Passion and Achievement: Ursula's Career

Ursula with palette v2

Ursula sitting for a professional photo with her artist's smock and palette, likely in the late 1920s.

Ursula business card La Villita

Lauderdale's business card for her studio in La Villita. Likely from the 1940s or 1950s.

Map of active locations

A map of locations where Ursula Lauderdale was active during her career. The star marks her birthplace in Missouri.

When Ursula Lauderdale died at the age of 95, she left behind a career that few have rivaled in terms of length and diversity. As an artist and teacher, she inspired and influenced many. 

Lauderdale's attraction to the arts began with drama and music. As a young woman, she left her loved ones behind and traveled to New York City to pursue higher education in those subjects, but once there she discovered a thriving art scene where cutting-edge ideas imported from Europe were taught and admired. In New York, she was able to learn from luminaries of the art world such as Robert Henri, but she soon made her own way by traveling to the American Southwest rather than just France or Italy. In New Mexico and Texas, she found ample artistic inspiration, and her style and choice of subjects started to garner state and then national attention as the art world began to see the value in homegrown American art rather than solely European imitations.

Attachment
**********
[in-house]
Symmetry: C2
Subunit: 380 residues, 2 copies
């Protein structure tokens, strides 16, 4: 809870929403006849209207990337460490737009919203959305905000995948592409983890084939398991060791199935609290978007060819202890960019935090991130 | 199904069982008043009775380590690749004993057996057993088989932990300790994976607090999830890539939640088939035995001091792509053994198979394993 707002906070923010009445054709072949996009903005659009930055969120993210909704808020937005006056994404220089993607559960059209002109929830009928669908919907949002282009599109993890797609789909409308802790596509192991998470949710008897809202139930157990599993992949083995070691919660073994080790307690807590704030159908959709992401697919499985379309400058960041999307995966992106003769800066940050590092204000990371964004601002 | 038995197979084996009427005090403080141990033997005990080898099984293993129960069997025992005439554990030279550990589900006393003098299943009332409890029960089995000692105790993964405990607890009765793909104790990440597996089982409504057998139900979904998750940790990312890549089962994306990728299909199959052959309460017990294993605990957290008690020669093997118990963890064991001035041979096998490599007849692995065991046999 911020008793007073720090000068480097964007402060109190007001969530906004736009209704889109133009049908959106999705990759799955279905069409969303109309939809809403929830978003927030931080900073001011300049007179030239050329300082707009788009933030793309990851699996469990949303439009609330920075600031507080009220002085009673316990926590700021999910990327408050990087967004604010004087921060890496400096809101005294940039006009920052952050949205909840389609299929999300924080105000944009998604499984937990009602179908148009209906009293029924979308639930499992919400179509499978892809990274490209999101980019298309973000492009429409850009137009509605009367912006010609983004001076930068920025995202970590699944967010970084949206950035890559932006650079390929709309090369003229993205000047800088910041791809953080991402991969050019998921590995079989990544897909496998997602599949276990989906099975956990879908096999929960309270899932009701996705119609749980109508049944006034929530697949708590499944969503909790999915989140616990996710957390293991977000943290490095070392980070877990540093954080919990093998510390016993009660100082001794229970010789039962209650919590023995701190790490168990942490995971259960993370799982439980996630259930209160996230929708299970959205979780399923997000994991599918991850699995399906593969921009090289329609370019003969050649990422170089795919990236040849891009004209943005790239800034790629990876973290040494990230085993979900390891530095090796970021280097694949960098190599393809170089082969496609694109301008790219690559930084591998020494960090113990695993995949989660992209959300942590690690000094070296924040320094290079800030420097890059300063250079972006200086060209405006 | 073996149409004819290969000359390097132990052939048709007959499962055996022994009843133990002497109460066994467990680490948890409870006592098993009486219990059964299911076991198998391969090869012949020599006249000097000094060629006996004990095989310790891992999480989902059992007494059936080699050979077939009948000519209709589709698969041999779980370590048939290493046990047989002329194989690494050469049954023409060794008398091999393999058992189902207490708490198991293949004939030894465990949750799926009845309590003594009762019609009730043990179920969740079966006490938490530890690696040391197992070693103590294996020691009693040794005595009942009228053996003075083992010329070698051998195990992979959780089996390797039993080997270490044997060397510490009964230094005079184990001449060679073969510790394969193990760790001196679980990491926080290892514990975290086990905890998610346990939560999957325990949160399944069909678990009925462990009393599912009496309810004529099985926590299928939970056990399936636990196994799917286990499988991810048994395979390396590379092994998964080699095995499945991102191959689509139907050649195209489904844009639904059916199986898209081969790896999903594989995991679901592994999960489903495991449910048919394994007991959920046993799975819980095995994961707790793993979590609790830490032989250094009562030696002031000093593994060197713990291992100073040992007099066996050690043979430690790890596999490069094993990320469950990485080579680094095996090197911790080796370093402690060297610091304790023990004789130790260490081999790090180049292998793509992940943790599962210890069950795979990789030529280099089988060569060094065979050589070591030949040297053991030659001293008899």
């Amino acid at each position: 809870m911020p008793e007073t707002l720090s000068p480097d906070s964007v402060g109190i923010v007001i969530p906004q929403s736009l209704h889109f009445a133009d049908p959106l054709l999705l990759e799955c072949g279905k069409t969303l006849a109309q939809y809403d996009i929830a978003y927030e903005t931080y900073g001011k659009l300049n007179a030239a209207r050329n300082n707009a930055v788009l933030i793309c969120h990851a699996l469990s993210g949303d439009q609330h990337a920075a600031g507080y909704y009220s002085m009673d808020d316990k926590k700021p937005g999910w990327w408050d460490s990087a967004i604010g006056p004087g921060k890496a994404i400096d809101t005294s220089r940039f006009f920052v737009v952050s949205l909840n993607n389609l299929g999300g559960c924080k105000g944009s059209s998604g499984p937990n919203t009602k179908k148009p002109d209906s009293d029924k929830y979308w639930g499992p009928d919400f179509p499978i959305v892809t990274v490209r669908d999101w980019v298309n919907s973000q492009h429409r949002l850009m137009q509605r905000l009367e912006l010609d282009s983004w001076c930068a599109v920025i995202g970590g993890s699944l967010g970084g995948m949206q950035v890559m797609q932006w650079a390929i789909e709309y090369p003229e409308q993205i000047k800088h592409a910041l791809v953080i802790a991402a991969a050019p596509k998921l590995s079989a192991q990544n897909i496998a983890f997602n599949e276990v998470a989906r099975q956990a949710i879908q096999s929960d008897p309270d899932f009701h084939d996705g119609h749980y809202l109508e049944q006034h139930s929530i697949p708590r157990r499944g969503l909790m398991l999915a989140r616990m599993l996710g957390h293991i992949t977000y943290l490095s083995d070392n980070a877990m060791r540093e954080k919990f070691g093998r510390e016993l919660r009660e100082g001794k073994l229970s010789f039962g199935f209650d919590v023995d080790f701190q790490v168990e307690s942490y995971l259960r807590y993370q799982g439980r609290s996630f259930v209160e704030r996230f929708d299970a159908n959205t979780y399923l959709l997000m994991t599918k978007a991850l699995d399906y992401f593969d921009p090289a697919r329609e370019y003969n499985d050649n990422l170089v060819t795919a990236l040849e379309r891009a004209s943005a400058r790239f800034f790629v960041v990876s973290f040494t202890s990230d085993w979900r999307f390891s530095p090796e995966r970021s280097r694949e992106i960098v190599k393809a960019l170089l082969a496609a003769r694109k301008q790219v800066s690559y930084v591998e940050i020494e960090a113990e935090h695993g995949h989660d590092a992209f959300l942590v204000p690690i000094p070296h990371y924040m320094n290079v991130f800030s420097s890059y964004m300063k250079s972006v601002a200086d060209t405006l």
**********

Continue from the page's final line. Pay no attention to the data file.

It is clear how seriously she took her artistic career. She promoted her exhibits in local newspapers and printed business cards for her studios. She also chose to take positions of leadership in her field, such as serving as chair of art for the Texas League of American Penwomen and working as head of the art department for Trinity University in 1927. This is not the only thing about her life that was unusual for the time, however. Lauderdale had two marriages that ended in divorce and did not have any children. After the dissolution of her second marriage, she supported herself independently for the rest of her life. She was a career woman long before it was socially acceptable, and it was people like her who paved the way for later generations of female artists to be taken seriously for their skills.